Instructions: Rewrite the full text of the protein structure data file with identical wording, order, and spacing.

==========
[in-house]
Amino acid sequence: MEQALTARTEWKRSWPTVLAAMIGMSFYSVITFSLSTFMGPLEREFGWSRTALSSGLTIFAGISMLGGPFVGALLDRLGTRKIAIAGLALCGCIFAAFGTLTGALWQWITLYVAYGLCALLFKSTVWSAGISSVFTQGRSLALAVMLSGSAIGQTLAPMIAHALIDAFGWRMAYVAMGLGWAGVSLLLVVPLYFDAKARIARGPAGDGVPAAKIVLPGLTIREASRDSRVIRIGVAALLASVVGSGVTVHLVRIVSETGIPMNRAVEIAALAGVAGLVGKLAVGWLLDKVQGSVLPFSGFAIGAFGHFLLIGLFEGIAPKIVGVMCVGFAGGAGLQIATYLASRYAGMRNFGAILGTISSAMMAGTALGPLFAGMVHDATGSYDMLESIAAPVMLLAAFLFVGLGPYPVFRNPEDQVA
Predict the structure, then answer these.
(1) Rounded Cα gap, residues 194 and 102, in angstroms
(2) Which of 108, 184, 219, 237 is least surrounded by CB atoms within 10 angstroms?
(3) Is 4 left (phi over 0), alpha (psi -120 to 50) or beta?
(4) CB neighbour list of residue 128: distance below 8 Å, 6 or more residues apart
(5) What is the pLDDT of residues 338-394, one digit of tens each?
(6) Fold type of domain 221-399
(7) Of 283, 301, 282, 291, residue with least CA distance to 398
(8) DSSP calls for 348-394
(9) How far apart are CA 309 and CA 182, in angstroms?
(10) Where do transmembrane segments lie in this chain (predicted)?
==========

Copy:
[in-house]
Amino acid sequence: MEQALTARTEWKRSWPTVLAAMIGMSFYSVITFSLSTFMGPLEREFGWSRTALSSGLTIFAGISMLGGPFVGALLDRLGTRKIAIAGLALCGCIFAAFGTLTGALWQWITLYVAYGLCALLFKSTVWSAGISSVFTQGRSLALAVMLSGSAIGQTLAPMIAHALIDAFGWRMAYVAMGLGWAGVSLLLVVPLYFDAKARIARGPAGDGVPAAKIVLPGLTIREASRDSRVIRIGVAALLASVVGSGVTVHLVRIVSETGIPMNRAVEIAALAGVAGLVGKLAVGWLLDKVQGSVLPFSGFAIGAFGHFLLIGLFEGIAPKIVGVMCVGFAGGAGLQIATYLASRYAGMRNFGAILGTISSAMMAGTALGPLFAGMVHDATGSYDMLESIAAPVMLLAAFLFVGLGPYPVFRNPEDQVA
Predict the structure, then answer these.
(1) Rounded Cα gap, residues 194 and 102, in angstroms
(2) Which of 108, 184, 219, 237 is least surrounded by CB atoms within 10 angstroms?
(3) Is 4 left (phi over 0), alpha (psi -120 to 50) or beta?
(4) CB neighbour list of residue 128: distance below 8 Å, 6 or more residues apart
(5) What is the pLDDT of residues 338-394, one digit of tens each?
(6) Fold type of domain 221-399
(7) Of 283, 301, 282, 291, residue with least CA distance to 398
(8) DSSP calls for 348-394
(9) How far apart are CA 309 and CA 182, in angstroms?
(10) Where do transmembrane segments lie in this chain (predicted)?